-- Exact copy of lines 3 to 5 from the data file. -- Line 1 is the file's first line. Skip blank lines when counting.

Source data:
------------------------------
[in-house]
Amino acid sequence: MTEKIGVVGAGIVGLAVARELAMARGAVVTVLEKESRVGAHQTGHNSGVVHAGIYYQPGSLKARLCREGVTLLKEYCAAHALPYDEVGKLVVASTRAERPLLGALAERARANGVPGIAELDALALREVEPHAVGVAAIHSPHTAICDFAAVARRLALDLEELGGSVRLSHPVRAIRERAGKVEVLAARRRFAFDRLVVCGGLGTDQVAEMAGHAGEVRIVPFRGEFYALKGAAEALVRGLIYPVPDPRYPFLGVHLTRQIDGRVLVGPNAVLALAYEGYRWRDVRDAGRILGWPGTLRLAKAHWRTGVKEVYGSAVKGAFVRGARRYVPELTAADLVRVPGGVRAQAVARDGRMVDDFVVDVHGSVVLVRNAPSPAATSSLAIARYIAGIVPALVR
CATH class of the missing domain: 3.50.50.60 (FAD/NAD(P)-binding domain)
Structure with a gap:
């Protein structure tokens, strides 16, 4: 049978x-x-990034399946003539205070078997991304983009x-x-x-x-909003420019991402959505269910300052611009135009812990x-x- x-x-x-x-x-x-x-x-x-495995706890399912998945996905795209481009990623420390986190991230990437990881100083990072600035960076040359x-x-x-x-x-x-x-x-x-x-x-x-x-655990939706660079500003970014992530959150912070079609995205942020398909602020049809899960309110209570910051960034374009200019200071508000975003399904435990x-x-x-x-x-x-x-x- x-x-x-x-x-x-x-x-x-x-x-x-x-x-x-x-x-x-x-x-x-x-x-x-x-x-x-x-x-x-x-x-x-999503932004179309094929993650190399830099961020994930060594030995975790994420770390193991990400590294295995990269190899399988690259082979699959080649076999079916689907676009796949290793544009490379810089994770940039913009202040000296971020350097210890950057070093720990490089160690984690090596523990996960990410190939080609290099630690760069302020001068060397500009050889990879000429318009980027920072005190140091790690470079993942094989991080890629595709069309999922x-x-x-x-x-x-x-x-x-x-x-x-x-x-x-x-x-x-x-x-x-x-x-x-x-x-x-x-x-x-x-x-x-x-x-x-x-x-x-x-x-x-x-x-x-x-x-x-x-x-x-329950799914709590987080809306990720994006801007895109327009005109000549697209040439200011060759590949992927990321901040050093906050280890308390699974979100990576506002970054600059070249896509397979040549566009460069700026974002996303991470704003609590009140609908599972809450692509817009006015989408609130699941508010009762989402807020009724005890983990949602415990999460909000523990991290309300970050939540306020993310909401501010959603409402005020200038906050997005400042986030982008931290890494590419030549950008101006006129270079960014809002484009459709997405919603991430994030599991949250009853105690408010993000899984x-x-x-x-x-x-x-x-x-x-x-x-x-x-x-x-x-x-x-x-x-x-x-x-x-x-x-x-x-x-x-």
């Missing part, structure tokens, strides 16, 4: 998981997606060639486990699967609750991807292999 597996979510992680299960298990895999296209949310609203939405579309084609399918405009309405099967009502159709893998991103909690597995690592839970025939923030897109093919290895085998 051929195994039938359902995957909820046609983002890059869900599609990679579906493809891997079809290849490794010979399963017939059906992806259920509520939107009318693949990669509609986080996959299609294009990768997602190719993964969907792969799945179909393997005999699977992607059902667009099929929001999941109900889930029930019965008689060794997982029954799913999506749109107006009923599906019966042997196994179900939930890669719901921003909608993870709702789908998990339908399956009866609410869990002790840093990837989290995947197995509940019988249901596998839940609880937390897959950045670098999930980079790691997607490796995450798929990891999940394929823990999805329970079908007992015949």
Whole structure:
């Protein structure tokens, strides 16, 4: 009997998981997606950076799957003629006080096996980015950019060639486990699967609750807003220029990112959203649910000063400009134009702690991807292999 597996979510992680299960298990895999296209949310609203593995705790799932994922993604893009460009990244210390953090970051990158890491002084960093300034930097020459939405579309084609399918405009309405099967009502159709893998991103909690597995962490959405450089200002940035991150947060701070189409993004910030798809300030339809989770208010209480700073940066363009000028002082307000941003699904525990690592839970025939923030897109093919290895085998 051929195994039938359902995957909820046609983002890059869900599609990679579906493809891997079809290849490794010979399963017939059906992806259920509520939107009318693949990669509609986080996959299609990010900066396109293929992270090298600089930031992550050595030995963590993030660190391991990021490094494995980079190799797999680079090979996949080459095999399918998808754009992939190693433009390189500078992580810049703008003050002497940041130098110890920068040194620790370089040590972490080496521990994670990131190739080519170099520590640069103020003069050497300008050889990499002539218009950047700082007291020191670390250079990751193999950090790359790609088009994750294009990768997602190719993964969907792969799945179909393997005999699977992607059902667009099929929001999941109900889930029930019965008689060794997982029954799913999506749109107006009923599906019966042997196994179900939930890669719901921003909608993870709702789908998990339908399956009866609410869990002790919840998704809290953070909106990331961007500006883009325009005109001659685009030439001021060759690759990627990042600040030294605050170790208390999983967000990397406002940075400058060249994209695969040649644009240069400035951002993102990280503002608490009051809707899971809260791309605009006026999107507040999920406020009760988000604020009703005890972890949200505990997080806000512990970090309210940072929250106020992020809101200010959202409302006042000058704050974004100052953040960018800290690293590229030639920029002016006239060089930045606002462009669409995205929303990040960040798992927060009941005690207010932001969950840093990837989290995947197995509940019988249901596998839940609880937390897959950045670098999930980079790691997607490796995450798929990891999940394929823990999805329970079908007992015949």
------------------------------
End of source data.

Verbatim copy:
CATH class of the missing domain: 3.50.50.60 (FAD/NAD(P)-binding domain)
Structure with a gap:
């Protein structure tokens, strides 16, 4: 049978x-x-990034399946003539205070078997991304983009x-x-x-x-909003420019991402959505269910300052611009135009812990x-x- x-x-x-x-x-x-x-x-x-495995706890399912998945996905795209481009990623420390986190991230990437990881100083990072600035960076040359x-x-x-x-x-x-x-x-x-x-x-x-x-655990939706660079500003970014992530959150912070079609995205942020398909602020049809899960309110209570910051960034374009200019200071508000975003399904435990x-x-x-x-x-x-x-x- x-x-x-x-x-x-x-x-x-x-x-x-x-x-x-x-x-x-x-x-x-x-x-x-x-x-x-x-x-x-x-x-x-999503932004179309094929993650190399830099961020994930060594030995975790994420770390193991990400590294295995990269190899399988690259082979699959080649076999079916689907676009796949290793544009490379810089994770940039913009202040000296971020350097210890950057070093720990490089160690984690090596523990996960990410190939080609290099630690760069302020001068060397500009050889990879000429318009980027920072005190140091790690470079993942094989991080890629595709069309999922x-x-x-x-x-x-x-x-x-x-x-x-x-x-x-x-x-x-x-x-x-x-x-x-x-x-x-x-x-x-x-x-x-x-x-x-x-x-x-x-x-x-x-x-x-x-x-x-x-x-x-329950799914709590987080809306990720994006801007895109327009005109000549697209040439200011060759590949992927990321901040050093906050280890308390699974979100990576506002970054600059070249896509397979040549566009460069700026974002996303991470704003609590009140609908599972809450692509817009006015989408609130699941508010009762989402807020009724005890983990949602415990999460909000523990991290309300970050939540306020993310909401501010959603409402005020200038906050997005400042986030982008931290890494590419030549950008101006006129270079960014809002484009459709997405919603991430994030599991949250009853105690408010993000899984x-x-x-x-x-x-x-x-x-x-x-x-x-x-x-x-x-x-x-x-x-x-x-x-x-x-x-x-x-x-x-």